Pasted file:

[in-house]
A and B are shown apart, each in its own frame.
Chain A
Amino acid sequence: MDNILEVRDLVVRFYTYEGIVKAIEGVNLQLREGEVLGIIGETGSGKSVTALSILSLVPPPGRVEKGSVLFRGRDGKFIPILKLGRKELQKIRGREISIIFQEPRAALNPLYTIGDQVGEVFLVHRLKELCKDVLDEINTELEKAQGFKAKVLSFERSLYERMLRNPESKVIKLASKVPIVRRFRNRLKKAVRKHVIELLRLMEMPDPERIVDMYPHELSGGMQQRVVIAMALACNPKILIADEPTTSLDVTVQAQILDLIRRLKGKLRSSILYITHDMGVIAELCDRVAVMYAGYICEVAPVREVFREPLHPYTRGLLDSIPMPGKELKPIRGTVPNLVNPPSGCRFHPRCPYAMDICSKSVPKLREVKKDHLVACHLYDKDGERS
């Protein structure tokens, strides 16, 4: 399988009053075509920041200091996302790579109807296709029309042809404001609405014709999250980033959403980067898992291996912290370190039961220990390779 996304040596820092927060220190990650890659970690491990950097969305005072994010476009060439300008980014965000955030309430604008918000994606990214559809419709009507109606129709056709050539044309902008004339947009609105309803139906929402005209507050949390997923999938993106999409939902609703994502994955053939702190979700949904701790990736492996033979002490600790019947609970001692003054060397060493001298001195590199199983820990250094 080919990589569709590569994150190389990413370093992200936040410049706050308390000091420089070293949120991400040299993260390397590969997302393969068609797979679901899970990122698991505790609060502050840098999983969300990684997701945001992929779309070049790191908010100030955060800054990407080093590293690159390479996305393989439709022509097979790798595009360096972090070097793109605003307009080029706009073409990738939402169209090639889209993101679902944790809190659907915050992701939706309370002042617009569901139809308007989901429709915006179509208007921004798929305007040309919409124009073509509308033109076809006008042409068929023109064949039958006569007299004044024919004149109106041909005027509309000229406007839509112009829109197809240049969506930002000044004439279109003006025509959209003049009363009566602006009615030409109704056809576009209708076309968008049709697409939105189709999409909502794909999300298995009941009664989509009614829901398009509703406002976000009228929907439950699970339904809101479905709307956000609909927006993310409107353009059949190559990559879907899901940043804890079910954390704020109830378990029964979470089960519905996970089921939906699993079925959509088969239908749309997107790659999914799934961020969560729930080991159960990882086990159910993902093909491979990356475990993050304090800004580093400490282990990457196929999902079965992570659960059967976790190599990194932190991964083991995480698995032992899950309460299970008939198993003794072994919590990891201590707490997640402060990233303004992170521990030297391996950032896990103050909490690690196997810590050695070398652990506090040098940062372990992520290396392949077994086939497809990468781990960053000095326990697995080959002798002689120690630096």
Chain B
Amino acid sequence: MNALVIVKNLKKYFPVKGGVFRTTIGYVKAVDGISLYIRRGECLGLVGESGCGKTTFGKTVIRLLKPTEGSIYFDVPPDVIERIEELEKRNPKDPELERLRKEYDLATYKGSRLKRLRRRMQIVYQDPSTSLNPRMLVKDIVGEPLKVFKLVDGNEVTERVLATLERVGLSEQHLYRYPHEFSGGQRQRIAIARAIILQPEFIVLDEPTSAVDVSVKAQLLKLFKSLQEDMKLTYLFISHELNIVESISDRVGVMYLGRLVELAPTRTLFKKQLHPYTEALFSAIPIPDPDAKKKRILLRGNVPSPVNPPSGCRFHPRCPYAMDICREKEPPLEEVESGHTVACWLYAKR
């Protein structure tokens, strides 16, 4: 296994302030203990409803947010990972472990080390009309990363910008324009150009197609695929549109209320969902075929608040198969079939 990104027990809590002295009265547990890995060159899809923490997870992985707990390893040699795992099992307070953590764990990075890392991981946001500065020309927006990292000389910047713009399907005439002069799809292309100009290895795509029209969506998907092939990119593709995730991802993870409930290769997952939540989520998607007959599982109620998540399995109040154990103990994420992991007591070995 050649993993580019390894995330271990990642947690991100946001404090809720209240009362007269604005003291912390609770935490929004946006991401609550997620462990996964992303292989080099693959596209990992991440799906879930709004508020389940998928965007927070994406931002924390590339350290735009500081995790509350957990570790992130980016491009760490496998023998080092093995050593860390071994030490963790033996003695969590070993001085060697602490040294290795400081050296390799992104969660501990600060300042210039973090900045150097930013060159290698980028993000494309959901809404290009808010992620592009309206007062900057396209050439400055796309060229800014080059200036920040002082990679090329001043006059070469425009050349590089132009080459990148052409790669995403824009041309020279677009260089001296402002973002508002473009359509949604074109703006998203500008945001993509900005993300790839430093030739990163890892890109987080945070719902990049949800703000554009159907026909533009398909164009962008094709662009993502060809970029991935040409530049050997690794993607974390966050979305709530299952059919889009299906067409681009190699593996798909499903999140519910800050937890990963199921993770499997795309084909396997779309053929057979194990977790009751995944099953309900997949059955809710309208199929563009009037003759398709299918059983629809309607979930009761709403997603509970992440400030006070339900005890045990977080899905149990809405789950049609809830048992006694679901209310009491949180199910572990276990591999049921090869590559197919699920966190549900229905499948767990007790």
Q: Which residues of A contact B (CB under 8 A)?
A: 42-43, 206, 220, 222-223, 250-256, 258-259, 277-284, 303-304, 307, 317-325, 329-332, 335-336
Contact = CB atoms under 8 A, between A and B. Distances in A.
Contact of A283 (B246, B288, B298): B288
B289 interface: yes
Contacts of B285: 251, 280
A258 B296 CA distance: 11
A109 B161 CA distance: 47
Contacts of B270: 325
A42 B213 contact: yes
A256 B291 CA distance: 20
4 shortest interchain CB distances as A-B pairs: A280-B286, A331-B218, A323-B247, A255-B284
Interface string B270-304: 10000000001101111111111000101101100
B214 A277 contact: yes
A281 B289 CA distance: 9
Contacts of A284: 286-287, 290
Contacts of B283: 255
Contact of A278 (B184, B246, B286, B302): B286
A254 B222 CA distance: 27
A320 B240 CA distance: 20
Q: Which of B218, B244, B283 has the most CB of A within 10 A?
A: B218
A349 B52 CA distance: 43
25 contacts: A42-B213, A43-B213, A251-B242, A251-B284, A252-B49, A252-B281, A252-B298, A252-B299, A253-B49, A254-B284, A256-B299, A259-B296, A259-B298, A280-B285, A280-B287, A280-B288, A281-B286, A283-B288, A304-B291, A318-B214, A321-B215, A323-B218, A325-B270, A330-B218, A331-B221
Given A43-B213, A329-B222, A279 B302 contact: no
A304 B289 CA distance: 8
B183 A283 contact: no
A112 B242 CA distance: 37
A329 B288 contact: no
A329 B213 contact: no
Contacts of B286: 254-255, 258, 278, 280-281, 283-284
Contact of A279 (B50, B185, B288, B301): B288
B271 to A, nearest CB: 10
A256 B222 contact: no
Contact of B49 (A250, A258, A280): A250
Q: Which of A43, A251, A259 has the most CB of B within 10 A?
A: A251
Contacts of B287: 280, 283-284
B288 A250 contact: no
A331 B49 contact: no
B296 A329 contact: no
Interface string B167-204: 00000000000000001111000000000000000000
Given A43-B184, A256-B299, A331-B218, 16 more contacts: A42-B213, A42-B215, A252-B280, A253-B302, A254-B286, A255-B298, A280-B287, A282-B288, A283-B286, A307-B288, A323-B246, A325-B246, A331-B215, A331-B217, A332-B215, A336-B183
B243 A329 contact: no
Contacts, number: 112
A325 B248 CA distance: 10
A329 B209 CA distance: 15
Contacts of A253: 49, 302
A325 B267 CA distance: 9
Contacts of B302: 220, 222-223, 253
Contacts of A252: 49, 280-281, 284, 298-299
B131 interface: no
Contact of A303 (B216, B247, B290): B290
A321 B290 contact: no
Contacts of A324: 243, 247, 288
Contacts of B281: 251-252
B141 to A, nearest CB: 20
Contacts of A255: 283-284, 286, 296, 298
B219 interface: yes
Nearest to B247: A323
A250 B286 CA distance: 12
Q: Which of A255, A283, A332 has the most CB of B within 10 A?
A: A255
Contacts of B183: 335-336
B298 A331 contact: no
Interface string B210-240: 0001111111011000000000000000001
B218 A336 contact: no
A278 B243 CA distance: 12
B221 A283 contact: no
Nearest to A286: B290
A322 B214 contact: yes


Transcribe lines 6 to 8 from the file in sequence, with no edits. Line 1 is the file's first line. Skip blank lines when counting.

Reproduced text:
Chain B
Amino acid sequence: MNALVIVKNLKKYFPVKGGVFRTTIGYVKAVDGISLYIRRGECLGLVGESGCGKTTFGKTVIRLLKPTEGSIYFDVPPDVIERIEELEKRNPKDPELERLRKEYDLATYKGSRLKRLRRRMQIVYQDPSTSLNPRMLVKDIVGEPLKVFKLVDGNEVTERVLATLERVGLSEQHLYRYPHEFSGGQRQRIAIARAIILQPEFIVLDEPTSAVDVSVKAQLLKLFKSLQEDMKLTYLFISHELNIVESISDRVGVMYLGRLVELAPTRTLFKKQLHPYTEALFSAIPIPDPDAKKKRILLRGNVPSPVNPPSGCRFHPRCPYAMDICREKEPPLEEVESGHTVACWLYAKR
């Protein structure tokens, strides 16, 4: 296994302030203990409803947010990972472990080390009309990363910008324009150009197609695929549109209320969902075929608040198969079939 990104027990809590002295009265547990890995060159899809923490997870992985707990390893040699795992099992307070953590764990990075890392991981946001500065020309927006990292000389910047713009399907005439002069799809292309100009290895795509029209969506998907092939990119593709995730991802993870409930290769997952939540989520998607007959599982109620998540399995109040154990103990994420992991007591070995 050649993993580019390894995330271990990642947690991100946001404090809720209240009362007269604005003291912390609770935490929004946006991401609550997620462990996964992303292989080099693959596209990992991440799906879930709004508020389940998928965007927070994406931002924390590339350290735009500081995790509350957990570790992130980016491009760490496998023998080092093995050593860390071994030490963790033996003695969590070993001085060697602490040294290795400081050296390799992104969660501990600060300042210039973090900045150097930013060159290698980028993000494309959901809404290009808010992620592009309206007062900057396209050439400055796309060229800014080059200036920040002082990679090329001043006059070469425009050349590089132009080459990148052409790669995403824009041309020279677009260089001296402002973002508002473009359509949604074109703006998203500008945001993509900005993300790839430093030739990163890892890109987080945070719902990049949800703000554009159907026909533009398909164009962008094709662009993502060809970029991935040409530049050997690794993607974390966050979305709530299952059919889009299906067409681009190699593996798909499903999140519910800050937890990963199921993770499997795309084909396997779309053929057979194990977790009751995944099953309900997949059955809710309208199929563009009037003759398709299918059983629809309607979930009761709403997603509970992440400030006070339900005890045990977080899905149990809405789950049609809830048992006694679901209310009491949180199910572990276990591999049921090869590559197919699920966190549900229905499948767990007790």